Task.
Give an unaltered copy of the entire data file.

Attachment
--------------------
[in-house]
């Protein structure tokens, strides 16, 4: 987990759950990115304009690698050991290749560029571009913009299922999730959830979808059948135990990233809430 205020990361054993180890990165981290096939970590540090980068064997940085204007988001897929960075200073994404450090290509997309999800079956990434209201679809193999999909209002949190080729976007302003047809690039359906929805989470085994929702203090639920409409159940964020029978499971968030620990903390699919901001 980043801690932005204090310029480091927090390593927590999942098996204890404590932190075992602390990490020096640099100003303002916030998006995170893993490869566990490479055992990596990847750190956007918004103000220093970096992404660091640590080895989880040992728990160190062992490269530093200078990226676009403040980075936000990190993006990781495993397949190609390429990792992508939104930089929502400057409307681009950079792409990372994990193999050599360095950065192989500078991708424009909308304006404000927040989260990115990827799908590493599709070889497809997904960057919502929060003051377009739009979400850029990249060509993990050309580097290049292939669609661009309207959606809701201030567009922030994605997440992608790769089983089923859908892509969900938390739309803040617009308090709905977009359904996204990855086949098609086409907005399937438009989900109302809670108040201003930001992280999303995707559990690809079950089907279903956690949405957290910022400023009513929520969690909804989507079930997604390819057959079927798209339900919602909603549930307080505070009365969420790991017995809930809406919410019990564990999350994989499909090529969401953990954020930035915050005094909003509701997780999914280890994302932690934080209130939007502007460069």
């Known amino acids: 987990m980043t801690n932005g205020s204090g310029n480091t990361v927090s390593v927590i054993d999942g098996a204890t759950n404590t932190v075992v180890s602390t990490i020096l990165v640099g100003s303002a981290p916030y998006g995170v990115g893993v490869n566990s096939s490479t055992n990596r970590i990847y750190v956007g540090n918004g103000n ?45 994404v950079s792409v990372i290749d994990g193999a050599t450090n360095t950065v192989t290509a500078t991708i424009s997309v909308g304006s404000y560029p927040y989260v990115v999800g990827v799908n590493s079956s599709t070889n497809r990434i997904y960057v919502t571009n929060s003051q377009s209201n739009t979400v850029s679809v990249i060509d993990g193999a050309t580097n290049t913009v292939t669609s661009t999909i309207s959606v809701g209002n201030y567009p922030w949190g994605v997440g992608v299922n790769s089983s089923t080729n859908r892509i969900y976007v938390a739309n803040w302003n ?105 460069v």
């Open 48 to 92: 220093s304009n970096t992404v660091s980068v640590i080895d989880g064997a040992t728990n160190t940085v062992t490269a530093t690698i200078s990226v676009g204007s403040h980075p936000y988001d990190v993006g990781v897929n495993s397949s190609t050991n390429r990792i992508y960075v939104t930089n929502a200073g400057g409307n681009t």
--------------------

[in-house]
């Protein structure tokens, strides 16, 4: 987990759950990115304009690698050991290749560029571009913009299922999730959830979808059948135990990233809430 205020990361054993180890990165981290096939970590540090980068064997940085204007988001897929960075200073994404450090290509997309999800079956990434209201679809193999999909209002949190080729976007302003047809690039359906929805989470085994929702203090639920409409159940964020029978499971968030620990903390699919901001 980043801690932005204090310029480091927090390593927590999942098996204890404590932190075992602390990490020096640099100003303002916030998006995170893993490869566990490479055992990596990847750190956007918004103000220093970096992404660091640590080895989880040992728990160190062992490269530093200078990226676009403040980075936000990190993006990781495993397949190609390429990792992508939104930089929502400057409307681009950079792409990372994990193999050599360095950065192989500078991708424009909308304006404000927040989260990115990827799908590493599709070889497809997904960057919502929060003051377009739009979400850029990249060509993990050309580097290049292939669609661009309207959606809701201030567009922030994605997440992608790769089983089923859908892509969900938390739309803040617009308090709905977009359904996204990855086949098609086409907005399937438009989900109302809670108040201003930001992280999303995707559990690809079950089907279903956690949405957290910022400023009513929520969690909804989507079930997604390819057959079927798209339900919602909603549930307080505070009365969420790991017995809930809406919410019990564990999350994989499909090529969401953990954020930035915050005094909003509701997780999914280890994302932690934080209130939007502007460069």
């Known amino acids: 987990m980043t801690n932005g205020s204090g310029n480091t990361v927090s390593v927590i054993d999942g098996a204890t759950n404590t932190v075992v180890s602390t990490i020096l990165v640099g100003s303002a981290p916030y998006g995170v990115g893993v490869n566990s096939s490479t055992n990596r970590i990847y750190v956007g540090n918004g103000n ?45 994404v950079s792409v990372i290749d994990g193999a050599t450090n360095t950065v192989t290509a500078t991708i424009s997309v909308g304006s404000y560029p927040y989260v990115v999800g990827v799908n590493s079956s599709t070889n497809r990434i997904y960057v919502t571009n929060s003051q377009s209201n739009t979400v850029s679809v990249i060509d993990g193999a050309t580097n290049t913009v292939t669609s661009t999909i309207s959606v809701g209002n201030y567009p922030w949190g994605v997440g992608v299922n790769s089983s089923t080729n859908r892509i969900y976007v938390a739309n803040w302003n ?105 460069v």
């Open 48 to 92: 220093s304009n970096t992404v660091s980068v640590i080895d989880g064997a040992t728990n160190t940085v062992t490269a530093t690698i200078s990226v676009g204007s403040h980075p936000y988001d990190v993006g990781v897929n495993s397949s190609t050991n390429r990792i992508y960075v939104t930089n929502a200073g400057g409307n681009t």